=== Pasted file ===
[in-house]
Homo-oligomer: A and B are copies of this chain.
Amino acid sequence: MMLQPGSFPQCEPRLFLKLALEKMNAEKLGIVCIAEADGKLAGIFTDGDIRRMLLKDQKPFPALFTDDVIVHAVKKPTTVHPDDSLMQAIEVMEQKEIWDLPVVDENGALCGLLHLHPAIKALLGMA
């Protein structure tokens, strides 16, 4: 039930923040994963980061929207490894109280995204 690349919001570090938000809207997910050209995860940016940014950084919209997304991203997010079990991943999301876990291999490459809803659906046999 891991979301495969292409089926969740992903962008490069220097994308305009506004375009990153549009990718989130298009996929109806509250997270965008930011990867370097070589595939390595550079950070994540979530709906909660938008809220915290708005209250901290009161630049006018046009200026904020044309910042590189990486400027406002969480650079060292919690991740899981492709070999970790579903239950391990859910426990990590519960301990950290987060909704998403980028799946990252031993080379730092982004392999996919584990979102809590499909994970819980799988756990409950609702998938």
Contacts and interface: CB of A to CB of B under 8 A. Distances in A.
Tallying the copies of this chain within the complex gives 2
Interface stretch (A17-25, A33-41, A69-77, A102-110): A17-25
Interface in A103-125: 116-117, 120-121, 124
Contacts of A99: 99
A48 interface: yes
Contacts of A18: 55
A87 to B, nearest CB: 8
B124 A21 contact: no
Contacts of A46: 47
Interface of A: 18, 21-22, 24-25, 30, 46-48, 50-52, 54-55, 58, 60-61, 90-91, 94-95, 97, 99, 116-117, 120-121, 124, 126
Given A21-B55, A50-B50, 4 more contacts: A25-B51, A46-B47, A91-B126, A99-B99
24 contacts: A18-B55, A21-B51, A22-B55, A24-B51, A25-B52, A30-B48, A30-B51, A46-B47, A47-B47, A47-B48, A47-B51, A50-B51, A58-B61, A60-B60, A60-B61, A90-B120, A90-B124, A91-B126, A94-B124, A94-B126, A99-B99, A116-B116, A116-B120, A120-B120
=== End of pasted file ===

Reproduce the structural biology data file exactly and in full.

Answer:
[in-house]
Homo-oligomer: A and B are copies of this chain.
Amino acid sequence: MMLQPGSFPQCEPRLFLKLALEKMNAEKLGIVCIAEADGKLAGIFTDGDIRRMLLKDQKPFPALFTDDVIVHAVKKPTTVHPDDSLMQAIEVMEQKEIWDLPVVDENGALCGLLHLHPAIKALLGMA
């Protein structure tokens, strides 16, 4: 039930923040994963980061929207490894109280995204 690349919001570090938000809207997910050209995860940016940014950084919209997304991203997010079990991943999301876990291999490459809803659906046999 891991979301495969292409089926969740992903962008490069220097994308305009506004375009990153549009990718989130298009996929109806509250997270965008930011990867370097070589595939390595550079950070994540979530709906909660938008809220915290708005209250901290009161630049006018046009200026904020044309910042590189990486400027406002969480650079060292919690991740899981492709070999970790579903239950391990859910426990990590519960301990950290987060909704998403980028799946990252031993080379730092982004392999996919584990979102809590499909994970819980799988756990409950609702998938």
Contacts and interface: CB of A to CB of B under 8 A. Distances in A.
Tallying the copies of this chain within the complex gives 2
Interface stretch (A17-25, A33-41, A69-77, A102-110): A17-25
Interface in A103-125: 116-117, 120-121, 124
Contacts of A99: 99
A48 interface: yes
Contacts of A18: 55
A87 to B, nearest CB: 8
B124 A21 contact: no
Contacts of A46: 47
Interface of A: 18, 21-22, 24-25, 30, 46-48, 50-52, 54-55, 58, 60-61, 90-91, 94-95, 97, 99, 116-117, 120-121, 124, 126
Given A21-B55, A50-B50, 4 more contacts: A25-B51, A46-B47, A91-B126, A99-B99
24 contacts: A18-B55, A21-B51, A22-B55, A24-B51, A25-B52, A30-B48, A30-B51, A46-B47, A47-B47, A47-B48, A47-B51, A50-B51, A58-B61, A60-B60, A60-B61, A90-B120, A90-B124, A91-B126, A94-B124, A94-B126, A99-B99, A116-B116, A116-B120, A120-B120